The Lebanon Historical Society posted on its Facebook page some transcripts of the Town of Lebanon Justice of the Peace records. One of the entries was about a murder that happened which included sworn testimony given by my Great-Great Grandpa Johann Frederick during an inquest held at the Lebanon Town Hall. This was a great story to discover, and I couldn’t wait to add to my family tree book I have been working on.
On July 8, 1896, Ms. Maria (Machmueller) Bochow* was found dead in her home. Her farm was the adjoining property north of the Frederick farm. Maria was 81 years old and widow of Friedrich Bochow. She lived on the farm with her brother, August Machmueller, who helped with the farm work. On that morning August left for the cheese factory just down the road. When he returned, Mr. Machmueller found his sister lying dead in the house. Upon examination by local doctors, they determined that the cause of death was the result of blunt trauma to her head. A pair of horse pincers stained with blood and hair stuck to it was found nearby. Ms. Bochow’s hired farmhand, William Zellmer, was nowhere to be found.
That afternoon an inquest was held at the Lebanon Town House with Justice of the Peace William J. Schwefel presiding. Constable Louis Dornfeld summoned a jury, and witnesses to the events gave testimony. Johann Frederick was one of several witnesses called to give his account of the murder:
“I live in the town of Lebanon and am the nearest neighbor of Maria Bochow. I saw her this morning. She was lying dead, her head at the foot of the stairway leading down into the west wing or kitchen of the building, and her feet were in the bedroom. I saw that the head was swollen, and I noticed bruises. The bruises were on the head, over the eye. There was blood on the floor at the foot of the stairs in the kitchen and also blood in the bedroom. After we found her dead, myself and my son lifted her and placed her in the bedroom. I saw the (horse) pincers after myself and my son placed her in the bedroom. They were in the north side of the woodshed. I noticed blood on the pincers and hair. It seemed to me to be human hair. The blood on the pincers was fresh. I know William Zellmer. I did not see him about the place today. I called for him immediately to help me move the body, but he did not answer. Myself and Mr. Braasch and Mr. Krueger’s son searched the premises for him but were unable to find him. William Zellmer was hired man for Mrs. Bochow.”
The jury of the inquest found William Zellmer guilty of the murder of Ms. Bochow, and Justice of the Peace William Schwefel issued a warrant for his arrest. A search party formed to find Zellmer. He was found several days later by authorities hiding in the woods. When first arrested he said that an unknown man came to the house and killed Ms. Bochow, and then hit him on the head with a club, but his story was never consistent.
His preliminary trial was held at the Lebanon Town House in July 1896, and he was found guilty. Justice of the Peace Schwefel sent him to the Dodge County Jail without bail to await trial by the circuit court. His court date was set to take place in September 1896 but adjournment postponed the trial until February 1897.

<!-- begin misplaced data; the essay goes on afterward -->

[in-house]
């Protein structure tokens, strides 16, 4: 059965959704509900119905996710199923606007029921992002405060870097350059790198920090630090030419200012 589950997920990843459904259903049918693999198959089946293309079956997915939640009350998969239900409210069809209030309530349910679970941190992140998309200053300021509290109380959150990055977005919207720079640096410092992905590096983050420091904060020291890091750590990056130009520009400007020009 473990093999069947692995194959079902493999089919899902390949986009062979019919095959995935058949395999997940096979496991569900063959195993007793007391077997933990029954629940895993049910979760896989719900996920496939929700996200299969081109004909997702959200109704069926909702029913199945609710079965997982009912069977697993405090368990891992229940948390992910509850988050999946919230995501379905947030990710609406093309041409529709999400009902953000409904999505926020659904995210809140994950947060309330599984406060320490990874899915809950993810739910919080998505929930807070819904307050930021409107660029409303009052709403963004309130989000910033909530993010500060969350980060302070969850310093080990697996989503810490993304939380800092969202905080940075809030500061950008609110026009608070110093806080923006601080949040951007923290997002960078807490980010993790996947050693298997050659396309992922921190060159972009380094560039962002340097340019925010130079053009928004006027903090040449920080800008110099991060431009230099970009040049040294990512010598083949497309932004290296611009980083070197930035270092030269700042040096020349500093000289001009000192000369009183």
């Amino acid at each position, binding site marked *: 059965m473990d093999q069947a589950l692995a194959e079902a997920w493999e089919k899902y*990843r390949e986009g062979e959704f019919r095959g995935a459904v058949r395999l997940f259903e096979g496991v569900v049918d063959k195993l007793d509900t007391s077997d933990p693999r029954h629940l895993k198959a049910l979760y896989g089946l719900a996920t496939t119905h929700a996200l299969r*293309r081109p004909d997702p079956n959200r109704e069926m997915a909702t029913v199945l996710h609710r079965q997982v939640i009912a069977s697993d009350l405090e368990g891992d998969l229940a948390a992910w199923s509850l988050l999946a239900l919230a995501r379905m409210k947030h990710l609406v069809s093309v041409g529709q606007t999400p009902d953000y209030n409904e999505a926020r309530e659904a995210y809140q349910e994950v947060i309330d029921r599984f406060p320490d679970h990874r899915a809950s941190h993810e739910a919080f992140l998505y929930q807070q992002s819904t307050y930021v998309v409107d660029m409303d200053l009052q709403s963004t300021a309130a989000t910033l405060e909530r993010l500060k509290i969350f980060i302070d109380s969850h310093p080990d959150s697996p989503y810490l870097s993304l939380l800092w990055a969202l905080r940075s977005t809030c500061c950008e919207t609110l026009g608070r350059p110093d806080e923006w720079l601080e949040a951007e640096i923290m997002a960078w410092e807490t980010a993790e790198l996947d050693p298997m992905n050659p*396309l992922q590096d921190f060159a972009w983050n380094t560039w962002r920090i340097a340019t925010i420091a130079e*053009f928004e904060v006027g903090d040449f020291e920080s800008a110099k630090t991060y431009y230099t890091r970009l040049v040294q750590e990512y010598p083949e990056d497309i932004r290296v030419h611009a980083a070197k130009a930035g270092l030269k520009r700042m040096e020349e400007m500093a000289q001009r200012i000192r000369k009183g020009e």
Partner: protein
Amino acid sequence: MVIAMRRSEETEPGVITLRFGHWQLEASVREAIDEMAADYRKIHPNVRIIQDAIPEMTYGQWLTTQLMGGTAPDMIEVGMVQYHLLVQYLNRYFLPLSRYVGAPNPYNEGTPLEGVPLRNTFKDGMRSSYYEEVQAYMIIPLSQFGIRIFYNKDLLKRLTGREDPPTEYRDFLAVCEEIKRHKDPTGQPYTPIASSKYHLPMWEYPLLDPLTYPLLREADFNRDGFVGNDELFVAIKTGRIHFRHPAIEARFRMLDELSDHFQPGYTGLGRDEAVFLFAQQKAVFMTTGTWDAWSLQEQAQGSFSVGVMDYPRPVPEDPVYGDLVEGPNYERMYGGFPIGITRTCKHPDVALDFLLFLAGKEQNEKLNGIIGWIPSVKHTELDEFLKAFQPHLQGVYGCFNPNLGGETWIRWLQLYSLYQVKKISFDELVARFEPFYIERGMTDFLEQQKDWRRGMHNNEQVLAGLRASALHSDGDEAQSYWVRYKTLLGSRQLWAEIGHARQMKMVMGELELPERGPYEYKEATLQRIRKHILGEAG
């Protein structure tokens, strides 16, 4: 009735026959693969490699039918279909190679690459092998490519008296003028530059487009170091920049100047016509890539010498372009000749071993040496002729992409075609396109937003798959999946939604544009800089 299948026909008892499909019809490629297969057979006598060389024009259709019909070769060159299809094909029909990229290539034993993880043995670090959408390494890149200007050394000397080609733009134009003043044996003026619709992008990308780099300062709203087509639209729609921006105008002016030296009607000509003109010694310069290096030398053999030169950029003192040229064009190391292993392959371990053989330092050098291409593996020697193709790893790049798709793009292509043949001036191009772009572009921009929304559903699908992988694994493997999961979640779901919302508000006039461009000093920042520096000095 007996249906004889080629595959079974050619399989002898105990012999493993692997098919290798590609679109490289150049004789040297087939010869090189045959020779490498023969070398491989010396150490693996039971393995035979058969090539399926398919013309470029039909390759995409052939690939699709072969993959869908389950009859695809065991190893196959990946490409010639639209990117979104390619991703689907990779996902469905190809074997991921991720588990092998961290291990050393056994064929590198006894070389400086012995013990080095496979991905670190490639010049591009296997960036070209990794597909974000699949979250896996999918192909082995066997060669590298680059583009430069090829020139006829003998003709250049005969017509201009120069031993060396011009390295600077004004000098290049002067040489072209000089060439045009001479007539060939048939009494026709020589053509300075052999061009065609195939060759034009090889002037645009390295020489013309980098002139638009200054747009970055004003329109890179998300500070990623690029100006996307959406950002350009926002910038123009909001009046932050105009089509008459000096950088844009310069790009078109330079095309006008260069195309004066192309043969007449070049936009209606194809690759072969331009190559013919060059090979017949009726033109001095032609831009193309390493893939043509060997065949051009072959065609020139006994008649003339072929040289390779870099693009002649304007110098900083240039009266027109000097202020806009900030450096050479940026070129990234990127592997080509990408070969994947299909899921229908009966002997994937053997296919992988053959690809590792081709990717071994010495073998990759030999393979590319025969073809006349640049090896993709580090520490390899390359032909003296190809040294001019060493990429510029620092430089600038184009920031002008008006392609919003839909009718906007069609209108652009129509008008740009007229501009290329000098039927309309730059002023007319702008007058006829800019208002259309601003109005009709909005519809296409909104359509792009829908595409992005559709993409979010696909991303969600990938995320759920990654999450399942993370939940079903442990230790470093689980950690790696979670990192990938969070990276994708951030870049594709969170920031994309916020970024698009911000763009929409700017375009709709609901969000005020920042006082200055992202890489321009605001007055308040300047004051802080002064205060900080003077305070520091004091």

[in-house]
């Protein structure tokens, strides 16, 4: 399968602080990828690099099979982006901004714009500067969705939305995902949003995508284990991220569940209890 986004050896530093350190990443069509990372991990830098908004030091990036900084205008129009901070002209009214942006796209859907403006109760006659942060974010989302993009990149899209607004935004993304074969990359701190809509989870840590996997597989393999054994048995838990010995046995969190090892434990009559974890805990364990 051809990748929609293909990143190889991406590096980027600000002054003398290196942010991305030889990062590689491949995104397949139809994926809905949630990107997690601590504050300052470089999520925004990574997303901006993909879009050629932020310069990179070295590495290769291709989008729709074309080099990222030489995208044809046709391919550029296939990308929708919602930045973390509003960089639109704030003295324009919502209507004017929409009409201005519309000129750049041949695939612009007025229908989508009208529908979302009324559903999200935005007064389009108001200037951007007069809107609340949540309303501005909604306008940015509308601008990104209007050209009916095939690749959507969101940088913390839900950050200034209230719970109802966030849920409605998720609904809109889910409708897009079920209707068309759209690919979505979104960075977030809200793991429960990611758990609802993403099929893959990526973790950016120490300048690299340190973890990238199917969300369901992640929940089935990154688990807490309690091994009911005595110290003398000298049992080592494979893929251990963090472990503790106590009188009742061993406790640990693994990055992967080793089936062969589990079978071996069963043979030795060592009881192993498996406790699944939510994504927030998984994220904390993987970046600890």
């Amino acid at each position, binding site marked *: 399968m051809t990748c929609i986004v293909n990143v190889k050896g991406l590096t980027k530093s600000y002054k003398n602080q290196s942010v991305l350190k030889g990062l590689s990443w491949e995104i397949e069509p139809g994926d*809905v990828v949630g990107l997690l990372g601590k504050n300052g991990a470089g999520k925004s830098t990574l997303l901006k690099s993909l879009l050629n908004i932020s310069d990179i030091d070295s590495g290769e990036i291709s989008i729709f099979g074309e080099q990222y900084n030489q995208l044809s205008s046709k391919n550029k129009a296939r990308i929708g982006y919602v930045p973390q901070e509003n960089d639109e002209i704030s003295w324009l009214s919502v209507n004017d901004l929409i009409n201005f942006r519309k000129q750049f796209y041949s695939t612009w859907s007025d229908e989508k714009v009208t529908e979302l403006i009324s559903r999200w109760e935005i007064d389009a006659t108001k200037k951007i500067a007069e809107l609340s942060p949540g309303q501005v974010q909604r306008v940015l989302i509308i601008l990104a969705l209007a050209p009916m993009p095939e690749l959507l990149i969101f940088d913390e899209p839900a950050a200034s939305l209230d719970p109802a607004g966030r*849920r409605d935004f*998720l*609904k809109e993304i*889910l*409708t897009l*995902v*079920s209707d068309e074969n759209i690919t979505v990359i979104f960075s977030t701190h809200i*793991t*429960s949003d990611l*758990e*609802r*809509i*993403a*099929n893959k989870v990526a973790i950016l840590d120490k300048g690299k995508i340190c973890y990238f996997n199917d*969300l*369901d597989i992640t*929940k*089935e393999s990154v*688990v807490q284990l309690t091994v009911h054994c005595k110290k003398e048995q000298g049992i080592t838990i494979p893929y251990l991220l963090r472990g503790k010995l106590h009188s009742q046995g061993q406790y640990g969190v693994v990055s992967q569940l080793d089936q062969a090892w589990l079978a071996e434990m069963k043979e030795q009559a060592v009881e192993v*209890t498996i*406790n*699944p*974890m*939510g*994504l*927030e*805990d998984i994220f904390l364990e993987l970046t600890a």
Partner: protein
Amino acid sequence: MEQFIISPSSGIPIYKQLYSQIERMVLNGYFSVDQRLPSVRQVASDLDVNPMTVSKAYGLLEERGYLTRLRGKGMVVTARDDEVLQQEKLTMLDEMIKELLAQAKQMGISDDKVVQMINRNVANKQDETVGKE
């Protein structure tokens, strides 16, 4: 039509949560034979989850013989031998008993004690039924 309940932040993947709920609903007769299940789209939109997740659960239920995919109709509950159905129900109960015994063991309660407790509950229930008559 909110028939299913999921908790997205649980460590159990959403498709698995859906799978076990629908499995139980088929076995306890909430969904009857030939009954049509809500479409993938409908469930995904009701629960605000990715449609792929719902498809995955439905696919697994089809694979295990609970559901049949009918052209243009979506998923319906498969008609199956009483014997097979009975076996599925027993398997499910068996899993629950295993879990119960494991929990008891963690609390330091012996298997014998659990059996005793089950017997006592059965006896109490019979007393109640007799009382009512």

Zellmer escaped the Dodge County Jail on November 29 but was apprehended near his family farm in Lebanon on his way to Watertown. He claimed that he just wanted to go home to see his parents and have a good meal and intended to come back to Juneau and see himself back into jail. Yeah, likely story.
The jury trial of William Zellmer commenced on Wednesday, February 17, 1897, and concluded on the evening of Saturday, February 24. The jury returned a verdict of not guilty based on what they believed to be purely circumstantial evidence. The only evidence the prosecution had against Zellmer was that he mysteriously disappeared after the death of Ms. Buchow and the rumor that he urged Maria Buchow to sell him the farm.
Watertown Republican News Coverage
This is such a bizarre murder that happened in the little community of Sugar Island. It was exciting for me to learn about a family member playing a role in this story. My great great grandpa’s involvement and testimony sort of gives him a voice and gives him more life…if that makes sense. He isn’t just a picture, census data, or a death certificate anymore–it gives him some dimension. Have you discovered an event that your ancestor was involved with or connected to in your research? What was it and in what way did it give them person some dimension or change the way you thought about them?
*There are a few ways that the last name has been spelled (Bochow, Bachaw, Bucher, Buchow). For the purpose of uniformity, I spelled it as the Lebanon Historical Society presented it on their original post as it was transcribed in the Justice of the Peace records. However, Maria’s gravestone is spelled differently (Bachaw) than her husbands (Bochow). The newspapers also used several different spellings.
4 thoughts on “Great-Great-Grandpa Frederick the Murder Witness”
This is very interesting. How do you find all of this? It’s very cool!
On Wed, Nov 28, 2018 at 9:06 PM Austin M. Frederick wrote:
> AustinMFrederick posted: “The Lebanon Historical Society posted on its > Facebook page some transcripts of the Town of Lebanon Justice of the Peace > records. One of the entries was about a murder that happened which included > sworn testimony given by my Great-Great Grandpa Johann Fred” >
This was by chance.
I LOVE these kinds of discoveries! I discovered my great aunt’s husband (age 42) took off with a teenage girl (15) in 1902 and traveled across the country as ranch hands disguising her as his “little brother”. Once she got pregnant the gig was up! He was brought back to WI, tried, convicted and sent to prison. It was on the front page of the Clintonville paper for days! Who knew? (No one in my family!)
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Wow! That is quite the scandal!